18 August 2006

Thoughts on local design

I had been working on this job for about 4 months before I came here. It's not giving anything away to say that the design draws heavily on the islamic designs of this region. Think of Arabic art and craft and you think of beautiful rugs, mosques tiled with intricate geometric patterns, golden lamps of Aladdin and of course the Arabic script. All this and more is incorporated into the show and it's a fascinating aesthetic to be working in.

But being here, there's a distinct lack of the things which we are celebrating in the show, or at least that is visible to me so far. There are no ancient grand mosques like in Iran or Turkey. There are not even any old neighbourhoods like the alleyways i have seen in workmates' travel photos of Fez or Oman, where you see a rich local street culture. But subtly, the aesthetic is there if you look for it, it's just not the displayed like you imagine it might be.

Gates and walls - I think I have written before about how all the houses have 8 foot brick walls around them to protect the privacy of the women inside when they're not in abaya. Every fence has gates and every gate has some design detail on it. On a regular home this might be some simple bent metal filigree or repeated geometric pattern. On grander houses (and they get very grand indeed) these might be very ornate and showy, often verging on ostentatious. The walls usually incorporate some cinderblocks cast in a pattern, or have some simple rendered pattern. These are usually very understated in just white or yellow, so it's easy to forget that what you're seeing is actually something you would never see at home and is in fact, local design culture.

TV aerials - Doing up the TV aerial on your roof seems to be a point of pride. The actual aerial bit is left alone, but the 6 feet leading up to it is your opportunity to create some fancy metalwork. They're all bent metal rods, like on a birdcage, but fashioned into curvy spire shapes like the top of a mosque or a fancy church bell.

Shop signage - Most shops have a large back-lit printed graphic running the length of their establishment above the door with the relevant information in Arabic and English. They're kind of ugly at first, but they often have weird photos on them (saw one called The Last Chance with a photo of two babies?) or the name or logo in Arabic looks superb. As in type, there are a million different fonts or type styles depending on your message, ranging from 'traditional' (banks and government agencies), 'hand written/cursive' (spice or shisha joints), to 'funky' (fast food chains and gyms), to 'bling' (typically big and gold; car dealerships, optimistic tailors).

Architecture - There is so much being built, so quickly, that it's easy to dismiss it all as cookie cutter replicas with no interest. On the way to work there are, for example, the 'Beverly Hills Gardens' 1, 2 and 3, all massive estates with hundreds of identical (in the true sense of the word) bare white two story semis without a patch of colour differentiation for a kilometer. Not a tree, not a roof tile, not a lick of coloured paint - the whole lot is rendered stark white flat walls. But despite being a cheap housing development they are aesthetically completely different from what we have at home. I wouldn't want to live there and I don't know who would, but they will make for some amazing photographs.

Fashion - The locals are easy to pick - men in white thobes and dishdash on the head with the black ring and two threads running down the back. Often the arms of their robes will have french cuffs finished in cufflinks. Sunglasses and short cropped beard optional but encouraged. Sandals always. Perhaps not surprisingly considering the location right between the two continents, many Qataris are a clear mix of African and/or Asian. The women are mostly in jet black abaya with varying degrees of face cover (it is said that the more beautiful the woman, the more her father or husband makes her cover up). Fancy footwear like heels often. Omani men can be picked by their turban-like headwear. Saudis prefer the red and white or black and white head scarf. I can't get figure who the ones in the coloured thobes (grey only) and head scarves are, but they're very familiar to us as the Osama look. The local Asian workers like a good pair of stone wash, front-seamed jeans and sandals. Or they're in similar robes to the locals. The better-to-do ones dress as westerners.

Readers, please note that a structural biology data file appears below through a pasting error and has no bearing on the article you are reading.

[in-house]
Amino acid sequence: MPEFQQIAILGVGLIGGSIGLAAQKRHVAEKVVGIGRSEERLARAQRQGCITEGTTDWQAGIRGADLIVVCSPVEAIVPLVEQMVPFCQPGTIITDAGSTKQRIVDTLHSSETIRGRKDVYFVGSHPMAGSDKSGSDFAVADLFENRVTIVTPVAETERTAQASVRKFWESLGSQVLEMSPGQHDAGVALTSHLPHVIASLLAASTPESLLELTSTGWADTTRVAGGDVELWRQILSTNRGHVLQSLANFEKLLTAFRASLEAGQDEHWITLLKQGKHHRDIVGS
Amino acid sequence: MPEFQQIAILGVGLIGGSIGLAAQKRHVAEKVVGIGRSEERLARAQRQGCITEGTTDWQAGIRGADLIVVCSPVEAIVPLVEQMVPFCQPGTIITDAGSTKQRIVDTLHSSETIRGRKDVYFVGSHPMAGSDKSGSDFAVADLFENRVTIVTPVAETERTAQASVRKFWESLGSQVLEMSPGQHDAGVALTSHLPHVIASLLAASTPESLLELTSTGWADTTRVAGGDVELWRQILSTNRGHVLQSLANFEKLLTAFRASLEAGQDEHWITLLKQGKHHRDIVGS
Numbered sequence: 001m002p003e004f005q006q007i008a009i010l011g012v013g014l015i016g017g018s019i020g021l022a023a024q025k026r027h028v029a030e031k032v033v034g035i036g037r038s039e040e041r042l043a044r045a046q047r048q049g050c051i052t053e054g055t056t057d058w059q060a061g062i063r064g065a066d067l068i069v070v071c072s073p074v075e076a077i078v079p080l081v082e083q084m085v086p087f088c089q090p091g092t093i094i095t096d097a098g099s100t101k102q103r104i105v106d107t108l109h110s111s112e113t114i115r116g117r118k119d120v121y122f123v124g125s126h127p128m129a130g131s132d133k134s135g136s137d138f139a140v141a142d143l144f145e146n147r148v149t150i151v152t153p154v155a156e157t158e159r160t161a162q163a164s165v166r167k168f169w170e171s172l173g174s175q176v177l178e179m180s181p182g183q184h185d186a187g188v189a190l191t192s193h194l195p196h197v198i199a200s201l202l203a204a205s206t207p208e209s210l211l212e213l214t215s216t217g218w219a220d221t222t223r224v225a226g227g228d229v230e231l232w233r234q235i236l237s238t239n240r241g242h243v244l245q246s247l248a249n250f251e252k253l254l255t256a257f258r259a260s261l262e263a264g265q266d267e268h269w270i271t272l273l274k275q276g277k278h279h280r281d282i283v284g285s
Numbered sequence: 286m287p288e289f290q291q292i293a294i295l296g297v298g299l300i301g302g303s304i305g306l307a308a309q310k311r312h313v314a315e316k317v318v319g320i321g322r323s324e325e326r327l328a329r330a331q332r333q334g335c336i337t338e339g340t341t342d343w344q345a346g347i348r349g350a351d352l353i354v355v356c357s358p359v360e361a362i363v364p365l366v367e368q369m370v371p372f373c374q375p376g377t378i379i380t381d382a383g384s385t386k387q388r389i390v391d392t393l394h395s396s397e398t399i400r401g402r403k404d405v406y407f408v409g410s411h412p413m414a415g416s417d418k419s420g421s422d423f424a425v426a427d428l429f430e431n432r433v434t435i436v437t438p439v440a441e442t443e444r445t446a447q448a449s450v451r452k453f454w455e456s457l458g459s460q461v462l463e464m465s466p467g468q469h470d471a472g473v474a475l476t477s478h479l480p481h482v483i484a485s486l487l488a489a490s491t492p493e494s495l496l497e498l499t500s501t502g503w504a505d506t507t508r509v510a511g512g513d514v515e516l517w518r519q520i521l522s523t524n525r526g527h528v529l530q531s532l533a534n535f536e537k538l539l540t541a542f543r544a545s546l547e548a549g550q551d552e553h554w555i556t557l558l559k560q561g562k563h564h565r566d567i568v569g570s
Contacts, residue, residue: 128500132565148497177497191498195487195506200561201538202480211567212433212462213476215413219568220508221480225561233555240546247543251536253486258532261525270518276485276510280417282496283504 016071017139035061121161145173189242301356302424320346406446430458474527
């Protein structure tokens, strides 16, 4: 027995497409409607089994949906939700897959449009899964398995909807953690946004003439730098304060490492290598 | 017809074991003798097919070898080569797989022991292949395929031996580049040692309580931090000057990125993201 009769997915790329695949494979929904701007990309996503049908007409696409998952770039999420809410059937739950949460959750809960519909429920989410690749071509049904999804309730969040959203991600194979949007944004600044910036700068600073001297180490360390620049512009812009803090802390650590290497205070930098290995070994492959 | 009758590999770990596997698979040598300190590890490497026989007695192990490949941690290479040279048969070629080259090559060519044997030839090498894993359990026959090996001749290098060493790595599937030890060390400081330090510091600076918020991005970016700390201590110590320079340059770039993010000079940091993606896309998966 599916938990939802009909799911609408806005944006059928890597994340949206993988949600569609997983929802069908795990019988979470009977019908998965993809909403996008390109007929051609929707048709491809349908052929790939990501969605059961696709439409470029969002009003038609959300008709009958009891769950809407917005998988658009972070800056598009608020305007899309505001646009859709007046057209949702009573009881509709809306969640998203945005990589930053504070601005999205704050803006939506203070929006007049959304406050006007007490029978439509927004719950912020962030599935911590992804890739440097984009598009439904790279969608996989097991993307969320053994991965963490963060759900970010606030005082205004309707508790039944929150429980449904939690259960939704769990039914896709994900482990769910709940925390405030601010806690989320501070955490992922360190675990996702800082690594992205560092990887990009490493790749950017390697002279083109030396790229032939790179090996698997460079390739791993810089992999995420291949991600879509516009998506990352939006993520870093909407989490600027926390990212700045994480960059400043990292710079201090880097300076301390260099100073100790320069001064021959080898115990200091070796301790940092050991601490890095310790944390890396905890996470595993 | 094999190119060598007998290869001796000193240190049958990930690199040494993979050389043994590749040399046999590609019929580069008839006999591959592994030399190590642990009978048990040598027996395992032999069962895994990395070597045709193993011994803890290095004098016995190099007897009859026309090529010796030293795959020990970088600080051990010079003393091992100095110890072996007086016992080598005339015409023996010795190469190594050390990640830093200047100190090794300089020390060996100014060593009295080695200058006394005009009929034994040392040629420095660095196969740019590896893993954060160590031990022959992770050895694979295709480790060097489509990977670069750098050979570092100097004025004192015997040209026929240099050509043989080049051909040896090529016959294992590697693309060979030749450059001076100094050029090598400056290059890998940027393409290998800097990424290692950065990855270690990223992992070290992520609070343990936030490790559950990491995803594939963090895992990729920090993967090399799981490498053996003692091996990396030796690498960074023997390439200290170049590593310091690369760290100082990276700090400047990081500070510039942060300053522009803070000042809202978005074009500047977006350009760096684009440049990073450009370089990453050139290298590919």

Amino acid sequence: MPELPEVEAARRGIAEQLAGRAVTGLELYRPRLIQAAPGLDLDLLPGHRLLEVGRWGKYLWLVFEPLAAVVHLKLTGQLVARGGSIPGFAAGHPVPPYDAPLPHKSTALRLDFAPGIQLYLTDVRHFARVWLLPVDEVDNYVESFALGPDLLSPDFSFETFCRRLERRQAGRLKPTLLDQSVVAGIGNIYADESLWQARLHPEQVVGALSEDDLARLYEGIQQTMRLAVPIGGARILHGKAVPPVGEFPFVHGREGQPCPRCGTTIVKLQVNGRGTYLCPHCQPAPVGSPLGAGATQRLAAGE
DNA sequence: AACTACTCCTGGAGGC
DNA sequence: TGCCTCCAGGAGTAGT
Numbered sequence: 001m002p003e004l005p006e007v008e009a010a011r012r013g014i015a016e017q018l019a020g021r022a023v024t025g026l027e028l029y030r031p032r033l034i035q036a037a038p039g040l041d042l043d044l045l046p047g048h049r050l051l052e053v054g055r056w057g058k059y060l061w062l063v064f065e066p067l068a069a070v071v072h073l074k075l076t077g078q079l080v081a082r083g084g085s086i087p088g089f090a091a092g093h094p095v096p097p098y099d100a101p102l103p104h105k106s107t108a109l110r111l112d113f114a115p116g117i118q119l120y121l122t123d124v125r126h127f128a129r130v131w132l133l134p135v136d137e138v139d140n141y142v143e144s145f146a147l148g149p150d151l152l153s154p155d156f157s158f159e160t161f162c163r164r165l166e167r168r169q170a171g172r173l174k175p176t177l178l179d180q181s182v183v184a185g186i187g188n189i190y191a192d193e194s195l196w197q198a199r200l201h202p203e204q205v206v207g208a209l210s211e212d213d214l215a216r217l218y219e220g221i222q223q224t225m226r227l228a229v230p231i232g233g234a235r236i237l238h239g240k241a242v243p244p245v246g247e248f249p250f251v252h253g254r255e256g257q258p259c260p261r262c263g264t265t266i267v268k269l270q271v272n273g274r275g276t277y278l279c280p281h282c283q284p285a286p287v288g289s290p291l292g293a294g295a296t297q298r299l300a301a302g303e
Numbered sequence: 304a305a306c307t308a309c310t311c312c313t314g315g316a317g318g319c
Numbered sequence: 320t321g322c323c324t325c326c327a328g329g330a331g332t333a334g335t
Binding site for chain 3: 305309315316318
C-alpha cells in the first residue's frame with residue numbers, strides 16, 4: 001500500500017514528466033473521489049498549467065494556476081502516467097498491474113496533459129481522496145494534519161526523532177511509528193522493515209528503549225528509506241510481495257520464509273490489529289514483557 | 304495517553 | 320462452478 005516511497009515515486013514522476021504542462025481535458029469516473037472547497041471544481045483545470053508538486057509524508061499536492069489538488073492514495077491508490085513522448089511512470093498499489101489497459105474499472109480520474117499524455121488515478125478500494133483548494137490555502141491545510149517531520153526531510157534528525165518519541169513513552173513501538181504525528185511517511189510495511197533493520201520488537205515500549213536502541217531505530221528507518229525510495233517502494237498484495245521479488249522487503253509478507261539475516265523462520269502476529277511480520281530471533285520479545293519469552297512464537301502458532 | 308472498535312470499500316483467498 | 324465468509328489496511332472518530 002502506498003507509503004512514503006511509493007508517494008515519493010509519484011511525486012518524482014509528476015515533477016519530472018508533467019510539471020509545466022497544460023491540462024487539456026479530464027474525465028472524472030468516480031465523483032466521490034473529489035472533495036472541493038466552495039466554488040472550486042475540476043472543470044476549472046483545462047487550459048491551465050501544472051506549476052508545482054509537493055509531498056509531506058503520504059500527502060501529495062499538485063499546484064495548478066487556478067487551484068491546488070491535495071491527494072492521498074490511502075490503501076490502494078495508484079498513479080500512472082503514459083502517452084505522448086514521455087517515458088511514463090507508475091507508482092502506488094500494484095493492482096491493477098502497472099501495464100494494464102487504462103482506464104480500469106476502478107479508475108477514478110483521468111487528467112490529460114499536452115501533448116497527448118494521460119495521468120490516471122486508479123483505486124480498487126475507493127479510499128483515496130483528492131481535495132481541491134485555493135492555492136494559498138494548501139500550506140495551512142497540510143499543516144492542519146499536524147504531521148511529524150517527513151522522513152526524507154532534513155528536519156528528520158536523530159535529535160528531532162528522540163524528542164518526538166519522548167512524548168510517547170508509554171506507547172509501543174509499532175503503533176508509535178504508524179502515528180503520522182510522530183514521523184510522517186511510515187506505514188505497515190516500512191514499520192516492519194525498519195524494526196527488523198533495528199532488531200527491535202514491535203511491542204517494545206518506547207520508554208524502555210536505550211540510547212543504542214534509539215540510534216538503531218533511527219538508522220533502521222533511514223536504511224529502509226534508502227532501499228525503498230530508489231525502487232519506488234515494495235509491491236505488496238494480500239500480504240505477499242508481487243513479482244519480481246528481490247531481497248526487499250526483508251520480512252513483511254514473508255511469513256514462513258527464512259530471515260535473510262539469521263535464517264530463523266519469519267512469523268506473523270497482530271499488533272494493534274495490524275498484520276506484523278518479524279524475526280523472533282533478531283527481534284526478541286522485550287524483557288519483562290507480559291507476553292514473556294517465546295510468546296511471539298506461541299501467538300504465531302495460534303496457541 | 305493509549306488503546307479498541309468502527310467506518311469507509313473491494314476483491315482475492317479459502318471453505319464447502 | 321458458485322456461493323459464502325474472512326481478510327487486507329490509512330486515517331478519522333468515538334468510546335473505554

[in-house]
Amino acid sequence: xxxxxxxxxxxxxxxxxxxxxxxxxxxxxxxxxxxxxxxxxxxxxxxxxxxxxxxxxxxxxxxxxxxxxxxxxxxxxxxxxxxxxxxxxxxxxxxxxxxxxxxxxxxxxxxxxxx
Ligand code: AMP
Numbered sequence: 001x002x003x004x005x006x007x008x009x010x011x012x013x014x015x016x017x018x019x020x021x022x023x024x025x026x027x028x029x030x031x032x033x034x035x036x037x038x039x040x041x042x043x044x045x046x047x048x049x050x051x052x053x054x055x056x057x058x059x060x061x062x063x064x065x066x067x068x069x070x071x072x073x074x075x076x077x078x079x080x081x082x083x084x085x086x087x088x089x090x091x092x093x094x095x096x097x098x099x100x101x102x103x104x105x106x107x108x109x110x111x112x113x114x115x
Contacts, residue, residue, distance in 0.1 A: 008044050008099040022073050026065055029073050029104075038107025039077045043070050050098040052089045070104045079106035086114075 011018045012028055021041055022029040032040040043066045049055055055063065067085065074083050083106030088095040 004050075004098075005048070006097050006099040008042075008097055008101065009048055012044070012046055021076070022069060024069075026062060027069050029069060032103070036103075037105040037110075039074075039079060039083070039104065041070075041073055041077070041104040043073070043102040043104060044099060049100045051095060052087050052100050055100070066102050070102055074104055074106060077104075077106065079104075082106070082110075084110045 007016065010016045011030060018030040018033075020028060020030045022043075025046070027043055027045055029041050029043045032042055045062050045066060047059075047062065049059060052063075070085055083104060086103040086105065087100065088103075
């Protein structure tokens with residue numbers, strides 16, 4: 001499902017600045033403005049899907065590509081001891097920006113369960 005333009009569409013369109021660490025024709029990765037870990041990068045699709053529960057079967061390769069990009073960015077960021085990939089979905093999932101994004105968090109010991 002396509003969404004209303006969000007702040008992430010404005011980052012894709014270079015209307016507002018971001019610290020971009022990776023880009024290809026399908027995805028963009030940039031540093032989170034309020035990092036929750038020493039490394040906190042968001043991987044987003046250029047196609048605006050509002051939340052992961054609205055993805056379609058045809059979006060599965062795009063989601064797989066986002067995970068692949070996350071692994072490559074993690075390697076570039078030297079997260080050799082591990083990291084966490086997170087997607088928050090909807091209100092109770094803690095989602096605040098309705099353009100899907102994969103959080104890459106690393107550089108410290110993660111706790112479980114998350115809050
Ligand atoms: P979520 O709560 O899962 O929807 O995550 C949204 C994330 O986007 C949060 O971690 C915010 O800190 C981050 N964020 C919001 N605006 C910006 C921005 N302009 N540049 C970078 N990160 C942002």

Cats - There are lots of ferals. Unlike at home they look like the posh Persian variety that people pay good money for, despite being skinny and dirty.

Graffiti - There isn't much about, probably because the penalty would be harsh. But what there is is again totally different from what we understand of the term. The dodginess paint used suggests a 'I happened to have this can in my hand on my way home from work and decided to do something with it' rather than a planned attack. There's the occasional word or name in Arabic, done quickly. More often it's in English, with the ubiquitous 'No Fear' and 'Wu Tang Forever' both up in our street. Then there's the stuff that's clearly done by someone for whom English is not their first language, with non-sensical phrases like you get on cheap T-shirt in China-town. Often accompanied by equally intriguing drawings, sometimes practiced a few times on a wall until perfected.

Hell, after writing all this, I realise I would be really disappointed if I didn't photograph good examples of all of this stuff. It might not be ancient Persia or the Blue Mosque, but it is a unique look and feel. And at the rate they pull things down and re-build, it will probably all be replaced very soon too.


Now playing - Mice Parade - Ramda.

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